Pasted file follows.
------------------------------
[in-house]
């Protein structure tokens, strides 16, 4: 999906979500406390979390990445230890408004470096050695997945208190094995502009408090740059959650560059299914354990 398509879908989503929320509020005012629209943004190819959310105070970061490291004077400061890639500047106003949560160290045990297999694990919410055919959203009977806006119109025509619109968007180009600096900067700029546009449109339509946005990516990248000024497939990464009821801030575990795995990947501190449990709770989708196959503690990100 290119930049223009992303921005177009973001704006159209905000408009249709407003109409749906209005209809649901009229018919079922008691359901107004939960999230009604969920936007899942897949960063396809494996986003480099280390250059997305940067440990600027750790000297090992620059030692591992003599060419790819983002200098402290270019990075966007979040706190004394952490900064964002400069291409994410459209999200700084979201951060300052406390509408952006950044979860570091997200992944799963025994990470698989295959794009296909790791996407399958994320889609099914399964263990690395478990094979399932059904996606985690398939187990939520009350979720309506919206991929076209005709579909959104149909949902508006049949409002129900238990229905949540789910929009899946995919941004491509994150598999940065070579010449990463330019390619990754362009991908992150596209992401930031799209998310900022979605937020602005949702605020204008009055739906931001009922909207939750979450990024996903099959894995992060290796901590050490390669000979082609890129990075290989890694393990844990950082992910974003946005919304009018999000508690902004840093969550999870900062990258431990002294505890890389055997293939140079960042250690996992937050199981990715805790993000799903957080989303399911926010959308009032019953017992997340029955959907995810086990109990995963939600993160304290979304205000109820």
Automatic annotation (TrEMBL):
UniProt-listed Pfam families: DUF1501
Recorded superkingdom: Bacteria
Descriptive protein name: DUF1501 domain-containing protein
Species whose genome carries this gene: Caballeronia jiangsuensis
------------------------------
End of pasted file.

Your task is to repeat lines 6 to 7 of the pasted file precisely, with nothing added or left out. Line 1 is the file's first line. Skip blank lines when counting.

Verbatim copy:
Descriptive protein name: DUF1501 domain-containing protein
Species whose genome carries this gene: Caballeronia jiangsuensis